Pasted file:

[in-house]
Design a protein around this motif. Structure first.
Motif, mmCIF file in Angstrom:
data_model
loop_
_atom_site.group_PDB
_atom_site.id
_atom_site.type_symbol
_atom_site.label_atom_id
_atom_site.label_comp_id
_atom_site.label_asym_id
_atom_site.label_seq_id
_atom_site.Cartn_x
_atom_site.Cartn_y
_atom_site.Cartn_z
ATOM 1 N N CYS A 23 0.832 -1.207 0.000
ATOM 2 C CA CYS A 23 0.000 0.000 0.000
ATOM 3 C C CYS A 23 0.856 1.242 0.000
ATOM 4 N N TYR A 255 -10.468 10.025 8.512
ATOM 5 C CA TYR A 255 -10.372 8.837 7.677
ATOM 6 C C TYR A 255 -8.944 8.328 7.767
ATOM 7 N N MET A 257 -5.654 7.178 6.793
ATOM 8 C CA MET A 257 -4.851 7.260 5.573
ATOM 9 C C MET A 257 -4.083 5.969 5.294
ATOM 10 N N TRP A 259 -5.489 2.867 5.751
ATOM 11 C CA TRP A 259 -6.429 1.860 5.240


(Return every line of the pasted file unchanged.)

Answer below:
[in-house]
Design a protein around this motif. Structure first.
Motif, mmCIF file in Angstrom:
data_model
loop_
_atom_site.group_PDB
_atom_site.id
_atom_site.type_symbol
_atom_site.label_atom_id
_atom_site.label_comp_id
_atom_site.label_asym_id
_atom_site.label_seq_id
_atom_site.Cartn_x
_atom_site.Cartn_y
_atom_site.Cartn_z
ATOM 1 N N CYS A 23 0.832 -1.207 0.000
ATOM 2 C CA CYS A 23 0.000 0.000 0.000
ATOM 3 C C CYS A 23 0.856 1.242 0.000
ATOM 4 N N TYR A 255 -10.468 10.025 8.512
ATOM 5 C CA TYR A 255 -10.372 8.837 7.677
ATOM 6 C C TYR A 255 -8.944 8.328 7.767
ATOM 7 N N MET A 257 -5.654 7.178 6.793
ATOM 8 C CA MET A 257 -4.851 7.260 5.573
ATOM 9 C C MET A 257 -4.083 5.969 5.294
ATOM 10 N N TRP A 259 -5.489 2.867 5.751
ATOM 11 C CA TRP A 259 -6.429 1.860 5.240